Answers Activity 128

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Our "Composer of the Week" this week is Aberdeen-born percussionist Dame Evelyn Glennie. She studied at the Royal Academy of Music. In a career spanning more than twenty years, she has performed with almost all of the world's leading orchestras, playing up to 60 different percussion instruments, from the xylophone to the timpani. In that time she has won over 80 international music awards, including two Grammies. Outside classical music, she has achieved crossover success in the worlds of pop and rock, having recorded with artists such as Sting and Bjork as well as composing and performing a number of soundtracks for film and television.
Glennie began studying music at the age of 12, by which time she was profoundly deaf. However, she has never been deterred by her loss of hearing and does not see it as an obstacle to composing and performing music. In fact she is frustrated by the fact that despite all her achievements as a musician, it is her deafness that always makes the headlines. As she writes on her website in her essay about hearing, 'If you are standing by the road and a large truck goes by, do you hear or feel the vibration? The answer is both. For some reason we tend to make a distinction between hearing a sound and feeling a vibration, in reality they are the same thing.' She goes on to point out that this distinction doesn't exist in all languages. For example in Italian the verb 'sentire' means 'to hear' while the same verb in the reflexive form means 'to feel'.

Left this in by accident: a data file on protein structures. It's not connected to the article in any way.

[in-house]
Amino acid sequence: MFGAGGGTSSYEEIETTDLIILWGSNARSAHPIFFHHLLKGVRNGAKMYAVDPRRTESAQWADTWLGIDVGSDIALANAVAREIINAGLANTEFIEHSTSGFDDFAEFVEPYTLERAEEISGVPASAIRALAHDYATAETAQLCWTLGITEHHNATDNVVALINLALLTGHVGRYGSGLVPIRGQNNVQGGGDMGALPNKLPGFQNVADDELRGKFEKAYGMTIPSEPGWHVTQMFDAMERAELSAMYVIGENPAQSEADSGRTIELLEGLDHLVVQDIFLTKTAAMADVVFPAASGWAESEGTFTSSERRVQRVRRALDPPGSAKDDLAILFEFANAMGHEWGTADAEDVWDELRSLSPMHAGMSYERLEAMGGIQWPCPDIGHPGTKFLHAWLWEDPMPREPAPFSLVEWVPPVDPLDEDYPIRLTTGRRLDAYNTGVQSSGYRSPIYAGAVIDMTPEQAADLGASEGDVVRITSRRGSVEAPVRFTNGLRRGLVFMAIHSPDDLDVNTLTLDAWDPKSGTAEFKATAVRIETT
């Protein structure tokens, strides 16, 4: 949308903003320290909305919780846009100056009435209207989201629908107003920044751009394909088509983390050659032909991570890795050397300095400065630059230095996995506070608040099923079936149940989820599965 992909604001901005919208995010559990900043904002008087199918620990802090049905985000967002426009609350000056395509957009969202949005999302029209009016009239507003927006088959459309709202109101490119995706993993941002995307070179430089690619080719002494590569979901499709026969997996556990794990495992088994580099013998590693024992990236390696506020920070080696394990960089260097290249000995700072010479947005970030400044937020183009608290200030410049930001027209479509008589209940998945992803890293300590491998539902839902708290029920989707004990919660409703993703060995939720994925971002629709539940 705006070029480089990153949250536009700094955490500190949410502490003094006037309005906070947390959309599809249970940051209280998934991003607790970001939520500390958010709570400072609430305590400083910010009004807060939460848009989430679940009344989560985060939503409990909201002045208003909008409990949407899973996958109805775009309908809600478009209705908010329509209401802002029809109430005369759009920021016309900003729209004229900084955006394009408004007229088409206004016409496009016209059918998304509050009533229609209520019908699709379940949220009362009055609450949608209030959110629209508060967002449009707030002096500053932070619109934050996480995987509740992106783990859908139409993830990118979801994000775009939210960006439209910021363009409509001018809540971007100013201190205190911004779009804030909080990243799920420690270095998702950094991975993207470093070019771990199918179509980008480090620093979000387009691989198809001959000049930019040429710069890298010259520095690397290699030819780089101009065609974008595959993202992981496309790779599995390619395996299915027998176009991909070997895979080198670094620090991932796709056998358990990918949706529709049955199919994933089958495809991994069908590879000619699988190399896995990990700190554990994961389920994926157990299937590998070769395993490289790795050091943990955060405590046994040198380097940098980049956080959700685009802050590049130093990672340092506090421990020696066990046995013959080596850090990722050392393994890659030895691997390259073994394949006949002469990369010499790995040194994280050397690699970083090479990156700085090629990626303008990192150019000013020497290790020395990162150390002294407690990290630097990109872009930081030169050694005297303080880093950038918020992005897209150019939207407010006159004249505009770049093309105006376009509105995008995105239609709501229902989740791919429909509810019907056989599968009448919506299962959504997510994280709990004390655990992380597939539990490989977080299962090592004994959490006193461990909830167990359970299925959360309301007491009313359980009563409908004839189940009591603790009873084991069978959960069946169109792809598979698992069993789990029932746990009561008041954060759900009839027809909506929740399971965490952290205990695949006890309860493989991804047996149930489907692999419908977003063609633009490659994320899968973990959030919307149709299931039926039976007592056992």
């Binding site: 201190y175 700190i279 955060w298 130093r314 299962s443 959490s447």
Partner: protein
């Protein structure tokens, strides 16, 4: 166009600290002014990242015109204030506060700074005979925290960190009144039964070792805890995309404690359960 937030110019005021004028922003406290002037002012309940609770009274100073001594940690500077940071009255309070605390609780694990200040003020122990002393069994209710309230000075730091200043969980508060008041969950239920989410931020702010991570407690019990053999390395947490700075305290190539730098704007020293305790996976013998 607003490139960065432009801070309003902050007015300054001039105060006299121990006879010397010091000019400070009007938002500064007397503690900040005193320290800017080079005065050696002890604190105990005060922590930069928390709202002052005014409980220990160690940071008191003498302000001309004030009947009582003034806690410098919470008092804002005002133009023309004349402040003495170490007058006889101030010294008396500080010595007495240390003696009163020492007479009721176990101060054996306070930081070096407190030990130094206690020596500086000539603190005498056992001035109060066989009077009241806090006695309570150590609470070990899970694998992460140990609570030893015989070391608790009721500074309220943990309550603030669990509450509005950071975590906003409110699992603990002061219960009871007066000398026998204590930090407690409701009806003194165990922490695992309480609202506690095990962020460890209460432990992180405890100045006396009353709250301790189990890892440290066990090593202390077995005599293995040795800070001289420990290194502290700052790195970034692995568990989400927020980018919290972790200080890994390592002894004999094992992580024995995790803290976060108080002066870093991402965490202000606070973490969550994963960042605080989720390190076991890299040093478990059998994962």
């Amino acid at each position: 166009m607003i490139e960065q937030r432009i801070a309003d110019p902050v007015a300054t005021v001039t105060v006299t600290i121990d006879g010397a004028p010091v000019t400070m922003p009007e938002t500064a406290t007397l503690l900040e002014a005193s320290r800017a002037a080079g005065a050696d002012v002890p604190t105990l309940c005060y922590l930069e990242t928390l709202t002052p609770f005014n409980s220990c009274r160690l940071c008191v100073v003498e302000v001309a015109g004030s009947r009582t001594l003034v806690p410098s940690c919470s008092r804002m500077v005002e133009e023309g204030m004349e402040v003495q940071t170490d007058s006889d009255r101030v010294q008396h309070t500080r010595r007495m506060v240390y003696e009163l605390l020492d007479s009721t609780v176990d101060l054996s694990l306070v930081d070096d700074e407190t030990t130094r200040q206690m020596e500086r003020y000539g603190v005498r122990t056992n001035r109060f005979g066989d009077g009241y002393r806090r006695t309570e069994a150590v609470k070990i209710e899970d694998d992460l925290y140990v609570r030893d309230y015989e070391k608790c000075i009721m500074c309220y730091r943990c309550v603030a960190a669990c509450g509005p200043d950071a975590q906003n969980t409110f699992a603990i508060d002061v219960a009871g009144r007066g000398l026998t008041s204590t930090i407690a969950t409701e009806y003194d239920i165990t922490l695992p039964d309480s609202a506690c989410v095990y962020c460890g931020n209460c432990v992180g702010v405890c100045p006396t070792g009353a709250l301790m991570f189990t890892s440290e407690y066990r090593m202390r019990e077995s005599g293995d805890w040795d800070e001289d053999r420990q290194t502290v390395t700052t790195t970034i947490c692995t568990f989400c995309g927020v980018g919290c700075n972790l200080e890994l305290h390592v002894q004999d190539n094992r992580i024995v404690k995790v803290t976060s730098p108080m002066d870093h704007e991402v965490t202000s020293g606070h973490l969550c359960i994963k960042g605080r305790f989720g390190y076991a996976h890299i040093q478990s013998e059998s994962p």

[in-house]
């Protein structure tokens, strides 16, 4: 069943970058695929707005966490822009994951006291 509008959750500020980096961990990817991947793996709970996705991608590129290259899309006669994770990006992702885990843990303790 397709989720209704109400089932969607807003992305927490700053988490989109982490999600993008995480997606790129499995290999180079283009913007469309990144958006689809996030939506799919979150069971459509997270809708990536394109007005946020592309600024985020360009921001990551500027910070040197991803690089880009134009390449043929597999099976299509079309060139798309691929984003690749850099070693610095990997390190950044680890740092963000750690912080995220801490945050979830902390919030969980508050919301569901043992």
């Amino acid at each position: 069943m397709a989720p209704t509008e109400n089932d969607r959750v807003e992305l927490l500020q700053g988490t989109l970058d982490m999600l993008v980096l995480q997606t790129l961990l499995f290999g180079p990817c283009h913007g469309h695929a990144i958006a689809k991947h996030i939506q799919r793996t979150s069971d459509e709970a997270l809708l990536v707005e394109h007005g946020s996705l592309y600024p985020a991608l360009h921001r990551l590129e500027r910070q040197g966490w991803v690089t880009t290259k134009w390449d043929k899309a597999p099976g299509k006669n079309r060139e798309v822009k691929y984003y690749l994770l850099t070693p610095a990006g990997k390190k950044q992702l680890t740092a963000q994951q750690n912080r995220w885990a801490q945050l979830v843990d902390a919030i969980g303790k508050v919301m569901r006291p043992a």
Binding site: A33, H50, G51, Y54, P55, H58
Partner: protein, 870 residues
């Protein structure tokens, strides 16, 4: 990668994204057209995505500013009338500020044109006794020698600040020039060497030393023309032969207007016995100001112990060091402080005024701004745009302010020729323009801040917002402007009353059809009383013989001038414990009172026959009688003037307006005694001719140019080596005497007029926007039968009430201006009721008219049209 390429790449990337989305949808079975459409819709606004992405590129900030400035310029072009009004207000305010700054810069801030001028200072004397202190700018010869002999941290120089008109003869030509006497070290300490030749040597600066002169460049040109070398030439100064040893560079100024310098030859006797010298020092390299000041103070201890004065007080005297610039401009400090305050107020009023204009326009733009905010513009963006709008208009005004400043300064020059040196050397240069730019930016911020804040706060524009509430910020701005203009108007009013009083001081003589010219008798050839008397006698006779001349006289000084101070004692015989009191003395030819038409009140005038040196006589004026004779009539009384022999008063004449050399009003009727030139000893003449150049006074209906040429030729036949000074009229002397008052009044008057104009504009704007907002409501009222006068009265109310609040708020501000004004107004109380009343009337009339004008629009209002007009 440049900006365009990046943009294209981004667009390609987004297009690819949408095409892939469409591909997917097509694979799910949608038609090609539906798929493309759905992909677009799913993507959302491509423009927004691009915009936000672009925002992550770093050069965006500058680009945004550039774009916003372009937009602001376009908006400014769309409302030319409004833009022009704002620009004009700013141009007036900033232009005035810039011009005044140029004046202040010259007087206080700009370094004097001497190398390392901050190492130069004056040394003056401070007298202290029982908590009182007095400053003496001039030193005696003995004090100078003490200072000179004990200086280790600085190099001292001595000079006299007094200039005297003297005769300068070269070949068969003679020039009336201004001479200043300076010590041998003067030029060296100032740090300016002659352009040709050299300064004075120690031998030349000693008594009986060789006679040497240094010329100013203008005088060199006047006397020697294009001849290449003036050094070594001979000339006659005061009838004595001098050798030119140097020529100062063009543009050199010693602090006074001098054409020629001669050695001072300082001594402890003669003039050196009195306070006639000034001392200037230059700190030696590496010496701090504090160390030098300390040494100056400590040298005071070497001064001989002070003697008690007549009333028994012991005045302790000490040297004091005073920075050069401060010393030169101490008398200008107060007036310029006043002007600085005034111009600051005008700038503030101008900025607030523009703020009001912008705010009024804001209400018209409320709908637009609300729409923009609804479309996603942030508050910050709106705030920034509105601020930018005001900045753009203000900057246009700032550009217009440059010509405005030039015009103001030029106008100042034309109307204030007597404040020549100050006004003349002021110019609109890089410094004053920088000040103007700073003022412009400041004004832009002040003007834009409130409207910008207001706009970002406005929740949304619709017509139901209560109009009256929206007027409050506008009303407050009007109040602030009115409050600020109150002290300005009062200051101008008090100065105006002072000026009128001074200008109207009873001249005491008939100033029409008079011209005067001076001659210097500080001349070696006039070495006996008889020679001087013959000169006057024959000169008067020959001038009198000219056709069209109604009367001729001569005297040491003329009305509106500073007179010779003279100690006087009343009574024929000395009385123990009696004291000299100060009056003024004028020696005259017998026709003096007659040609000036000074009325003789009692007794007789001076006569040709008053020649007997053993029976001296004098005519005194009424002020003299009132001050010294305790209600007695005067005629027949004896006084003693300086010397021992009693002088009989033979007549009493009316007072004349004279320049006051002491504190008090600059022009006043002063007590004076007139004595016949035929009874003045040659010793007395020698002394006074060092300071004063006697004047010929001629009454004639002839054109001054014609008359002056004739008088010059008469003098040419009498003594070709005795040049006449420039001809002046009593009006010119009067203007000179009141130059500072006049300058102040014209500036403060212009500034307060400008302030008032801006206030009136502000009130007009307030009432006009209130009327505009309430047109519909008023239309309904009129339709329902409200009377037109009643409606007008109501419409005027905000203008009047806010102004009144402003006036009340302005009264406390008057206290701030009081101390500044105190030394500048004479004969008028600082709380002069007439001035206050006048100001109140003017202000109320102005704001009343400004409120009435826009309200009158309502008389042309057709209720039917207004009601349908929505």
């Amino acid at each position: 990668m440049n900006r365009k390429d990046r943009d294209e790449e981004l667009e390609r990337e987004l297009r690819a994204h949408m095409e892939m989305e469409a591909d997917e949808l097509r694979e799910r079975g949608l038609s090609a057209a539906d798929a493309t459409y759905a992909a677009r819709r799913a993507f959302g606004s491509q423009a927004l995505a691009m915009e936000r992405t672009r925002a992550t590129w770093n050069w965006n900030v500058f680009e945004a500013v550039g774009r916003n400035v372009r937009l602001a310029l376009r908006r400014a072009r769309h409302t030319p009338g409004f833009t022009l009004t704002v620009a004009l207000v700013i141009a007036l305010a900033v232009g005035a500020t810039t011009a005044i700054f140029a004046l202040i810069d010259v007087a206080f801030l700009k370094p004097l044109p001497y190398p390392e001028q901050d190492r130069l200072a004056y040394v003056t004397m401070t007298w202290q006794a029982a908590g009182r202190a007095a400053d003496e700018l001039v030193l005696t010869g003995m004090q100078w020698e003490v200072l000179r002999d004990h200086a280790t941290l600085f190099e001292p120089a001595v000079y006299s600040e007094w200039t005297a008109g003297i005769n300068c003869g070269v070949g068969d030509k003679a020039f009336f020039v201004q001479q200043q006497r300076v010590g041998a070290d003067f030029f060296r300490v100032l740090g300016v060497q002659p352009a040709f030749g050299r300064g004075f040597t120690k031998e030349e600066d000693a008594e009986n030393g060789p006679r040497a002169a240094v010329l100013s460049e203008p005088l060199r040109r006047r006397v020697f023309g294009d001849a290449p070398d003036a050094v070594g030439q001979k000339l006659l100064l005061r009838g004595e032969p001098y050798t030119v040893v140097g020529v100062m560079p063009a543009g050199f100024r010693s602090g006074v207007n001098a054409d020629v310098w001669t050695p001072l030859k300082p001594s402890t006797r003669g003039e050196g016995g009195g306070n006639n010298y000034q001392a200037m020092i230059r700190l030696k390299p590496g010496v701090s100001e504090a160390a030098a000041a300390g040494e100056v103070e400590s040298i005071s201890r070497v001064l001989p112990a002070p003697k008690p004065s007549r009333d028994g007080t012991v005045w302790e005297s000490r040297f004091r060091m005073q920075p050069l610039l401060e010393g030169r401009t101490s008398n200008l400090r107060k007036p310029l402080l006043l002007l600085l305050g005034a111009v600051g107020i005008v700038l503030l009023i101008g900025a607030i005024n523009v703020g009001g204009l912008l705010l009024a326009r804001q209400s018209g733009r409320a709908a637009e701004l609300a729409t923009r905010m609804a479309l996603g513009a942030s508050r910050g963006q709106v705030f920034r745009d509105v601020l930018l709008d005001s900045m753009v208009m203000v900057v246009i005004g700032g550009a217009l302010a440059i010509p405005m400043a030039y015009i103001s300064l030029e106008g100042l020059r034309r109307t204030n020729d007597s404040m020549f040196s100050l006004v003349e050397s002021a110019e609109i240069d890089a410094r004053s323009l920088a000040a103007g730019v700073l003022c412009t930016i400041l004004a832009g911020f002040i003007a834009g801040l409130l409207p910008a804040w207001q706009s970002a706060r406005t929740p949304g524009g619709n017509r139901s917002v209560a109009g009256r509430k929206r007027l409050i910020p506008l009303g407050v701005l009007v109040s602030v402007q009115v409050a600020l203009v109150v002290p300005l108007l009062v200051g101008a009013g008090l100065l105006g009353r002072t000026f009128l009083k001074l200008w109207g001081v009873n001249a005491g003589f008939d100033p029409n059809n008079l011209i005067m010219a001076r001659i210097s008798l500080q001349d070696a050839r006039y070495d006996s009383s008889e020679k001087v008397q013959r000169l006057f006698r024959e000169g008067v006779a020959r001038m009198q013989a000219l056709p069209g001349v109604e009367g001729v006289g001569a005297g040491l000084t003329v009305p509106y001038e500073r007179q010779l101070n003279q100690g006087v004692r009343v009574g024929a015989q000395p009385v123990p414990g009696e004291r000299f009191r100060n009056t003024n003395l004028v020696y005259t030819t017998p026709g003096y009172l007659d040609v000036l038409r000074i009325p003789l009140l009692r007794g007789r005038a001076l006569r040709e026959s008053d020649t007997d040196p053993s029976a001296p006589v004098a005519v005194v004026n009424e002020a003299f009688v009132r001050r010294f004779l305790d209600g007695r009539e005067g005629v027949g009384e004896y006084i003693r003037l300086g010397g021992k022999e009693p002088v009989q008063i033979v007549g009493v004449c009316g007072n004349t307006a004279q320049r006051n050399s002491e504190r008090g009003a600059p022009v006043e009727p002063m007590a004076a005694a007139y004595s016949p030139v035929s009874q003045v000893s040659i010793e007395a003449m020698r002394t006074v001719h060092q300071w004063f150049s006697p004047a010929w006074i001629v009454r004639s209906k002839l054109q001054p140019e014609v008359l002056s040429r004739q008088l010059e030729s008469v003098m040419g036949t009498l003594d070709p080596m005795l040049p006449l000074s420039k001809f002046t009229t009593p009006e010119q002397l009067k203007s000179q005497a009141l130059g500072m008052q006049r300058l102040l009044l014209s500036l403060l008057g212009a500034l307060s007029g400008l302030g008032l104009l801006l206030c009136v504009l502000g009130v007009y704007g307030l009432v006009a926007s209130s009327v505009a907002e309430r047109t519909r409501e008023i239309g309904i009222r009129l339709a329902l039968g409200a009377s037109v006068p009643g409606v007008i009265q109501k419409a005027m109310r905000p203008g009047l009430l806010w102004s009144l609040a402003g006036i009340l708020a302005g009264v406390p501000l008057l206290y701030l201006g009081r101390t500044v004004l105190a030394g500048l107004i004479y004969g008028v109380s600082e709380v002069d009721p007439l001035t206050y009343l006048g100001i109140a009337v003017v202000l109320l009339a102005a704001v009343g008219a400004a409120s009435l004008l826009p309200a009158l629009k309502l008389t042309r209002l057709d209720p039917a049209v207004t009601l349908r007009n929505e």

In concert and in the studio, Glennie performs barefoot in order to feel the sounds of her instruments vibrating through the floor and the title of her best-selling autobiography is 'Good Vibrations'. But let's get on to the music. Glennie released her first album in...

 

Dame Evelyn Glennie was born in Aberdeen, Scotland. She studied at the Royal Academy of Music. She has been performing for more than years, and plays over different percussion instruments. She not only plays and records classical and pop music, but has also composed several film . Dame Evelyn finds it frustrating that journalists often write about her more than her music. She thinks that there is no real difference between hearing and a vibration. When Dame Evelyn performs, she never wears in order to feel the vibrations of her instruments.

 

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